China Confirms Resumption of Irish Beef Exports and Easing of Travel Rules

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ten data blog19-01-2024

china beef import,china irish beef import,china beef import from irish



Irish beef exports to China could resume immediately after the Chinese government confirmed it would reopen the Irish market during Premier Li Qiang's visit to Dublin.


The announcement was made by Prime Minister Leo Varadkar following a meeting with Li Keqiang. Li is widely regarded as China's number two figure after Xi Jinping.


During a one-day visit to Ireland, the agenda for talks between Varadkar and Li included bilateral relations, including trade and economic relations, China-Europe relations and issues such as climate change, the Middle East and the war in Ukraine.


President Michael D. Higgins and Mr. Varadkar also raised Ireland's concerns about human rights in China with Mr. Li.


Last November, the Chinese market was closed to Irish beef after the Department of Agriculture found a cow infected with atypical mad cow disease during a routine inspection.


This reopening was much quicker than the scare associated with mad cow disease, commonly known as BSE, prior to 2020, when exports to China were suspended for 2.5 years.


News that exports could resume was welcomed by the Irish Farmers Association (IFA) and the Irish Creamery Milk Suppliers Association (ICMSA).


While the Irish government is hopeful that business in China will grow, last year Ireland exported just a fraction of the more than €2.7 billion worth of beef to China.


Prior to the suspension in May 2020, exports to China in 2019 were valued at €38.8 million, with exports to China valued at around €25 million between April and October, the short period when market access was restored.


The Prime Minister said that China has accepted Ireland's scientific data that the case of mad cow disease is atypical.


"This allows us to reopen export markets, which is important for Irish farmers ...... The more markets we have, the better prices we get and the less risk of volatility," he said.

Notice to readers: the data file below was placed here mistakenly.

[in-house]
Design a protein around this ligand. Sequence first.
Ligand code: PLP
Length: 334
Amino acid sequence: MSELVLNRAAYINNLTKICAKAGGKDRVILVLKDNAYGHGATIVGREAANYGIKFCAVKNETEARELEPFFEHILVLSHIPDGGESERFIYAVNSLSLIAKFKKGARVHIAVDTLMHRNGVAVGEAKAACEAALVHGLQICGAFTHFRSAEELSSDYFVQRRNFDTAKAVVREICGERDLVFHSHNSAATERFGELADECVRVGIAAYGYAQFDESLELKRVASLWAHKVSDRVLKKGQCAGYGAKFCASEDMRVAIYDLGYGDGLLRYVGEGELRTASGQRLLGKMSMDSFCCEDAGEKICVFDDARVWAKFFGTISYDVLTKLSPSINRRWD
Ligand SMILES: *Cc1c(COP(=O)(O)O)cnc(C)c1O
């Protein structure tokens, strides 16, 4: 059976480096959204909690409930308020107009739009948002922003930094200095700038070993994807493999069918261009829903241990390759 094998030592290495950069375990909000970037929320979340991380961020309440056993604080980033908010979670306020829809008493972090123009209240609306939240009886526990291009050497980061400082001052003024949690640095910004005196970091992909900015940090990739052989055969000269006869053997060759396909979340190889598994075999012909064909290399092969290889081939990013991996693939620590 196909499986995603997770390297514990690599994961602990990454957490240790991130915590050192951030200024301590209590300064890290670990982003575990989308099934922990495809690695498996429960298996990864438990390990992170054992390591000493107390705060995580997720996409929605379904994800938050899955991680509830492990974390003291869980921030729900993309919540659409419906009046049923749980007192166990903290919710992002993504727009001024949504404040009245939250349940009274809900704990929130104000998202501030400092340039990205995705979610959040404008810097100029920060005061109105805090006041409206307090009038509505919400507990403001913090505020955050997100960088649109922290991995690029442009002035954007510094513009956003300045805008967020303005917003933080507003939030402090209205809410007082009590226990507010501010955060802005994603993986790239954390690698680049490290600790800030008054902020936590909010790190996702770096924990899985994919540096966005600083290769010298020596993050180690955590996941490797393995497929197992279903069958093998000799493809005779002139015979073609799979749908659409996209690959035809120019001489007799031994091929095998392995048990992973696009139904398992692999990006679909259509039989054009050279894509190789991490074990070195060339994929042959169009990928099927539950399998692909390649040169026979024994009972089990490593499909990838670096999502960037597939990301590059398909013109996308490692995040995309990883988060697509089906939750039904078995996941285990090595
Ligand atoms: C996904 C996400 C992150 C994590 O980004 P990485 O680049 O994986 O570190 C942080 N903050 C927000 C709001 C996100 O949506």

Varadkar said the restoration of market access was one of two "tangible outcomes" of his meeting with Li Keqiang.


The other was China's easing of travel rules for Irish citizens, who will be allowed to stay for up to 15 days without a visa.


Mr. Li's activities in Dublin began with a meeting with Mr. Higgins in Áras an Uachtaráin to discuss climate change, global poverty, food security and conflict.


In a brief exchange open to the media, Mr. Li told Mr. Higgins through an interpreter that cooperation between China and Ireland had been "steadily advancing and bearing fruitful results".


He added: "Our relationship has set a model for mutually beneficial cooperation between countries with different political systems, cultural differences and geographical areas."


Human rights groups have long criticized China's treatment of the Muslim Uighur people in Xinjiang and its crackdown on freedom in Hong Kong.


Áras an Uachtaráin confirmed that human rights issues were discussed during the talks, with Mr. Higgins citing points that could be raised during China's universal periodic review by the UN Human Rights Council this month.


Speaking after his meeting with Mr. Li in Farmleigh, Mr. Varadkar said he "raised with us concerns about the situation in Xinjiang, Tibet and Hong Kong ...... as well as the upcoming trial of Hong Kong newspaper publisher Lai Chi-ying."


Mr. Varadkar said Ireland's human rights concerns related to the issue of China's Special Autonomous Region (SAR), and that Ireland's view was that "we need to be frank about these things, and that China is a member of the United Nations Human Rights Council and has international responsibilities".


Mr. Varadkar added: "Any country, including our own, should be judged by the way it treats minorities."


Asked about Li Keqiang's response, Varadkar said the Chinese delegation was willing to ask such questions, but he also said, "It's fair to say that they would have a very different view of the facts and dispute a lot of what has been said about China."


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